Earlier this week, Russia announced the successful deployment of an S-400 surface-to-air missile system in Syria. Other articles have focused on the technical capabilities of this system, but in political terms the S-400 offers the Assad regime insurance against either a Western no-fly zone or an anti-Assad air campaign. This means, in effect, that ISIS and other Syrian rebels will need to defeat Assad (and Russia) on their own, without the direct kinetic support of any of their allies.
Western air forces can probably defeat the S-400 and associated air defense systems, although they might incur losses along the way. However, direct attacks against the Russian air defense network would portend a much higher level of escalation than anyone has expressed an interest in. The S-400 gives Russia a practical veto over any Western action against Assad.
The most important weapon that Russia can use to save the Assad regime is its diplomatic corps. Although Russian soft power has deteriorated over the past several years, it still has the power and influence to make side deals with relevant stakeholders in the Syrian conflict. This includes Syria’s regional neighbors, EU members less than enthusiastic about contributing to the fight and powerful countries further afield that might nevertheless make an impact on the conflict. All of this can help shift the terms of debate in the conflict in the direction of the Assad regime’s survival.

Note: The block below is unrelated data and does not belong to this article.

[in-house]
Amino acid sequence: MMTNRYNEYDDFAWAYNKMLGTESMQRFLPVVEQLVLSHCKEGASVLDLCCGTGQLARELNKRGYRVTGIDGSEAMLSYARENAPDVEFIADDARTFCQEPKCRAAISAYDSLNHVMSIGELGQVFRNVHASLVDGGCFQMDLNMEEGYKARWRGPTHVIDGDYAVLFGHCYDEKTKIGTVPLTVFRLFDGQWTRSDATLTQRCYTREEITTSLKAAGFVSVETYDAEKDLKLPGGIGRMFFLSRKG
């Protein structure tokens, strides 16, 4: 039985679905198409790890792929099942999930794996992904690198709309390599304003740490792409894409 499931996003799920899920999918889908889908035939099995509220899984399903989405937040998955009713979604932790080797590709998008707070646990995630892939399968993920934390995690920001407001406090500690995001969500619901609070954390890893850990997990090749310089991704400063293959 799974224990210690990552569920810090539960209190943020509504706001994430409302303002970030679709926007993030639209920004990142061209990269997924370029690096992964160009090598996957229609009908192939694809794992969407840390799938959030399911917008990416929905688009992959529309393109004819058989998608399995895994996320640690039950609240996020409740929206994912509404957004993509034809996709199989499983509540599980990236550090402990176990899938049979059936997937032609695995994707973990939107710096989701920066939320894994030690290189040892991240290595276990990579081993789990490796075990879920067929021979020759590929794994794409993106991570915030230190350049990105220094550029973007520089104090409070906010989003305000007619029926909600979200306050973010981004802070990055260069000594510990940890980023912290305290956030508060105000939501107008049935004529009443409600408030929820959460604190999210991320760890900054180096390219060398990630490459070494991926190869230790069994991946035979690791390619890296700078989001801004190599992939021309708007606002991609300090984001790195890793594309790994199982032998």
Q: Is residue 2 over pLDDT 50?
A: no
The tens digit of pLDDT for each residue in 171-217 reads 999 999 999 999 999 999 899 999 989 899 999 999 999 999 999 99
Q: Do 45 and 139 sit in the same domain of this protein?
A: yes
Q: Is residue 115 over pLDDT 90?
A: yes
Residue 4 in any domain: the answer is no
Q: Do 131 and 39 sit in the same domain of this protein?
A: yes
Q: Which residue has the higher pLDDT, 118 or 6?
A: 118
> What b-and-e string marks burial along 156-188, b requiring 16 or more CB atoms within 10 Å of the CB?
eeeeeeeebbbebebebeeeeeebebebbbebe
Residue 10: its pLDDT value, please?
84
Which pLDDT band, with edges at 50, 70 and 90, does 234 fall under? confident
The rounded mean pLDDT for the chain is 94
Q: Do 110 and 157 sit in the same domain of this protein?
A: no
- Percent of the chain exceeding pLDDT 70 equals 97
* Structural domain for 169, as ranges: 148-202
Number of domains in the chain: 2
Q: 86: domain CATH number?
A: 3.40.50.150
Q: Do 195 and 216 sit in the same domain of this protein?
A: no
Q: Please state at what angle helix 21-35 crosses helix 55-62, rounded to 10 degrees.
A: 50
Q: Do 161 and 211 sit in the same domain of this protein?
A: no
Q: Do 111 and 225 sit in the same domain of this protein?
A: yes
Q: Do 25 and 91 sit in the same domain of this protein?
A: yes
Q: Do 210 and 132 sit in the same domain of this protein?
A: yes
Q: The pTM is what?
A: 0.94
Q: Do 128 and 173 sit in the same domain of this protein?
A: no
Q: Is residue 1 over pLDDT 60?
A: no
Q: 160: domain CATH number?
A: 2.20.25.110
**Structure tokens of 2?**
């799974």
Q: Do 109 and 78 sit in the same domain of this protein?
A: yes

Among Russia’s most precious diplomatic assets is its veto on the United Nations Security Council. Russia can use this veto as a shield, preventing any serious UNSC action on the conflict and avoiding a replay of the NATO intervention in Libya.
4. Intelligence, Surveillance and Reconnaissance
Russia does not now, and has never had the kinds of ISR assets that the United States takes for granted. Nonetheless, it can substantially improve the capabilities of the SAA in this regard. Russian ISR can help accurately map the capabilities of the various rebel factions and analyze their reactions to SAA offensives. This can help the Russians and the SAA develop an effective strategy for defeating the rebels.